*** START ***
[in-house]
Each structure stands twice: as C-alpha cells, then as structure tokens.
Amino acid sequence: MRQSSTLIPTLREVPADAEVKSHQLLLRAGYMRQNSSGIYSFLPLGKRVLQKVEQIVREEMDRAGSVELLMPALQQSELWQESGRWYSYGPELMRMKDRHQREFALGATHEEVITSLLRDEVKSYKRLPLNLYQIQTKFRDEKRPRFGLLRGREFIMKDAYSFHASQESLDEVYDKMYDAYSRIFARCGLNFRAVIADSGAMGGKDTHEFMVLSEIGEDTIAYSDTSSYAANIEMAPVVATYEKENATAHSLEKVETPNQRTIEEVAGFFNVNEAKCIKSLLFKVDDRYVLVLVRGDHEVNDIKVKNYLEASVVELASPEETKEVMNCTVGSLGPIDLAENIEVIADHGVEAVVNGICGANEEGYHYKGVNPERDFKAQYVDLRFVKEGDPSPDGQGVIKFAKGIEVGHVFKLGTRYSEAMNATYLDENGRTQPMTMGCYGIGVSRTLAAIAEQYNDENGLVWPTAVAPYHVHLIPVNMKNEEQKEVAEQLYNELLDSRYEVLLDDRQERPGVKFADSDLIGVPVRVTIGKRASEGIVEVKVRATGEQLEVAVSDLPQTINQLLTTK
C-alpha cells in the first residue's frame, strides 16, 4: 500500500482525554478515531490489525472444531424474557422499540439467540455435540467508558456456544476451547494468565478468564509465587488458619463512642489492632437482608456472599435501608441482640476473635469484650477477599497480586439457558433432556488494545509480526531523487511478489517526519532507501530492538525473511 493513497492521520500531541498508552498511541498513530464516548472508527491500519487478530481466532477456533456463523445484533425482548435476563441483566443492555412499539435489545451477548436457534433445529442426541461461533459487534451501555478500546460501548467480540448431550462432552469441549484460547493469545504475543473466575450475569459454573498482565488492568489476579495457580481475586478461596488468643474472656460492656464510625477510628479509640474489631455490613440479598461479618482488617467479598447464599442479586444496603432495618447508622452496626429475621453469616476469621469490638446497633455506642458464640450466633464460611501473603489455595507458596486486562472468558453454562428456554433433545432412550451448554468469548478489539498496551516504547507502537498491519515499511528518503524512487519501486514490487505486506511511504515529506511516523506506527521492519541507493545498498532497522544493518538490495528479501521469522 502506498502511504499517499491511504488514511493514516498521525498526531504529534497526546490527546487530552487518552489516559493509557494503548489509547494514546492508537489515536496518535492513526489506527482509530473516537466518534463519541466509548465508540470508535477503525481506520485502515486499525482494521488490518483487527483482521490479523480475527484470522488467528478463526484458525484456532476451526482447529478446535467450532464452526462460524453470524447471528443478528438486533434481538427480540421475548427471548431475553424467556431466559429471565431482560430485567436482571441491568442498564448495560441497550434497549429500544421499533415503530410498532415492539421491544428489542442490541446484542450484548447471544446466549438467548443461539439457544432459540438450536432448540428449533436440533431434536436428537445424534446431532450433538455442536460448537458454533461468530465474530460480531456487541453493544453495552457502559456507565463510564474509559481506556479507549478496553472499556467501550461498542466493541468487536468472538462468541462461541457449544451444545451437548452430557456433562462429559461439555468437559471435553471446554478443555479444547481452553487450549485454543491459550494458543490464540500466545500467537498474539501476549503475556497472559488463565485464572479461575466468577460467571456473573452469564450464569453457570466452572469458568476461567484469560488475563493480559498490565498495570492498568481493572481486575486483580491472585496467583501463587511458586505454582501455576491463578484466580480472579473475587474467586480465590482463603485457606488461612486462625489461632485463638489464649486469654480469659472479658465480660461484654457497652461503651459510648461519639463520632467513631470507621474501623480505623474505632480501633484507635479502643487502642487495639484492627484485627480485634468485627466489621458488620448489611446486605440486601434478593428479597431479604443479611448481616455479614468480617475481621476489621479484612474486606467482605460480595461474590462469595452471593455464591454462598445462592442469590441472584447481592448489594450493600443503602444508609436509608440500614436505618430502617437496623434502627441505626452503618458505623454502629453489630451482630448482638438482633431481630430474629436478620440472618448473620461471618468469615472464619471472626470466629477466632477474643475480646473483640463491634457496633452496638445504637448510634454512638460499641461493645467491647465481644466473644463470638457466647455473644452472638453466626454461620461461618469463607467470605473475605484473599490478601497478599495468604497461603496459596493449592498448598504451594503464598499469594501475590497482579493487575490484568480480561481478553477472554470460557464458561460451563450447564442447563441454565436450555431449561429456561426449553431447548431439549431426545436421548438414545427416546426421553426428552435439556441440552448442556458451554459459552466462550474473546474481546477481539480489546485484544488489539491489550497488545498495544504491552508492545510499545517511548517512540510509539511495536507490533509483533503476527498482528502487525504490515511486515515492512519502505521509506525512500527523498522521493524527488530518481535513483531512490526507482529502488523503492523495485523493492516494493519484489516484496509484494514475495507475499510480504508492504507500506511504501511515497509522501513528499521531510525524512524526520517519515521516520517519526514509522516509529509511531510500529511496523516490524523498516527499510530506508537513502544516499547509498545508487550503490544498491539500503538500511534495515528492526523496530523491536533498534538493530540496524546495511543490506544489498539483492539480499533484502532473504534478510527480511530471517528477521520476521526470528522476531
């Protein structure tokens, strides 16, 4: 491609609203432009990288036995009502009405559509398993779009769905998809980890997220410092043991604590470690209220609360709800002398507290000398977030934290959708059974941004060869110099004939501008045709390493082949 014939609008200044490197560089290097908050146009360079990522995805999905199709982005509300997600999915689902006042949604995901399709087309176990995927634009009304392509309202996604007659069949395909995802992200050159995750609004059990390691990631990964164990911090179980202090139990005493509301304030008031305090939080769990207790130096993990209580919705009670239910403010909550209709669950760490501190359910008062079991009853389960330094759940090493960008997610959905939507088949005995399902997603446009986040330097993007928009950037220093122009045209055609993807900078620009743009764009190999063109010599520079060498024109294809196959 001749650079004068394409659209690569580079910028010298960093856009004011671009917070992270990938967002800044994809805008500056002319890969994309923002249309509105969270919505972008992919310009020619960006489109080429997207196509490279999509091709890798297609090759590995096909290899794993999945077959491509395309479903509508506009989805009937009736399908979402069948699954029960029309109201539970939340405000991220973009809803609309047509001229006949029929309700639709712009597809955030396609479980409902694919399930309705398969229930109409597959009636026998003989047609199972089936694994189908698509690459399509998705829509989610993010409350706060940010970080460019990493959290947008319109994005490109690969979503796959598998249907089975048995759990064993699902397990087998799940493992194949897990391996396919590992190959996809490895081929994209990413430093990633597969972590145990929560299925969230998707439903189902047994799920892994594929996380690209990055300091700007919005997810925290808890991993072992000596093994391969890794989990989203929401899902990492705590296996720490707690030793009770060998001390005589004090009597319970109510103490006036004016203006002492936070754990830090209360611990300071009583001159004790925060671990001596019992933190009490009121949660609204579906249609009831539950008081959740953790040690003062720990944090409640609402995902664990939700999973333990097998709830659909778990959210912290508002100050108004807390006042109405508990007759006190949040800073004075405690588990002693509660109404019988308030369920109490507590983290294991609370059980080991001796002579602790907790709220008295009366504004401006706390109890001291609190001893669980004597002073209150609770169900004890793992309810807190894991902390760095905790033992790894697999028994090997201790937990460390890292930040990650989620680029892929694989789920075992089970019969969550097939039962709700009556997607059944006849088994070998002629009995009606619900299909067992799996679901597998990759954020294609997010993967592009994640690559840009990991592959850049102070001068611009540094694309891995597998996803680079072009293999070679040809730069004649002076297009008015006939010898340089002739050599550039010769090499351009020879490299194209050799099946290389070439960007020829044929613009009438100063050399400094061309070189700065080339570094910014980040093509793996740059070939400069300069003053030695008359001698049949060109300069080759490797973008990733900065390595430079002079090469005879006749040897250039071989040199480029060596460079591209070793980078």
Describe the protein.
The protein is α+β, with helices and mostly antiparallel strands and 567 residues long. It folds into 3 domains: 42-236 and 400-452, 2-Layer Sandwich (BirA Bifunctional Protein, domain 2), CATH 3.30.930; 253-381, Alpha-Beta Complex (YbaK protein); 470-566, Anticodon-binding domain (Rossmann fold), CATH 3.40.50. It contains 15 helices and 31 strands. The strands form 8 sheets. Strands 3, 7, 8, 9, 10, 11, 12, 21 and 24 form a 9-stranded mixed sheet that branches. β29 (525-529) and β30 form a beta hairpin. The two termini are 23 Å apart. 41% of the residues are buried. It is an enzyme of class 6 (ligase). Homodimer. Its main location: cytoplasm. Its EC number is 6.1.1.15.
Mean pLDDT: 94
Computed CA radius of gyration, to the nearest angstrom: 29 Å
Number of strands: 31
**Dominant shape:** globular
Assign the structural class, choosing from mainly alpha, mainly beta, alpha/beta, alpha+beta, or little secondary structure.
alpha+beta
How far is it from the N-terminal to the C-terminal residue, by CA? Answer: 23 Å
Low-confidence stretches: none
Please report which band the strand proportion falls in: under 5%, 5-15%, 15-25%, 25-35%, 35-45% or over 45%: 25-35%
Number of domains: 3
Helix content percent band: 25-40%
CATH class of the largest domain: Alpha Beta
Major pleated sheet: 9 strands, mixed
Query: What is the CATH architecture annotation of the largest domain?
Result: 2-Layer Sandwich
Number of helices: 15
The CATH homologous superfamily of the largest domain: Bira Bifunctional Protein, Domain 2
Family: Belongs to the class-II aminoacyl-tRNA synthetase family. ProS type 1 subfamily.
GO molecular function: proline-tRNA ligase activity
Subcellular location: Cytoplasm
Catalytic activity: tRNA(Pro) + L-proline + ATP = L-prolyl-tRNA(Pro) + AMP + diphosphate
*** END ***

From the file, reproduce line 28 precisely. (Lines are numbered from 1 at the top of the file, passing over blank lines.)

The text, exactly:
Catalytic activity: tRNA(Pro) + L-proline + ATP = L-prolyl-tRNA(Pro) + AMP + diphosphate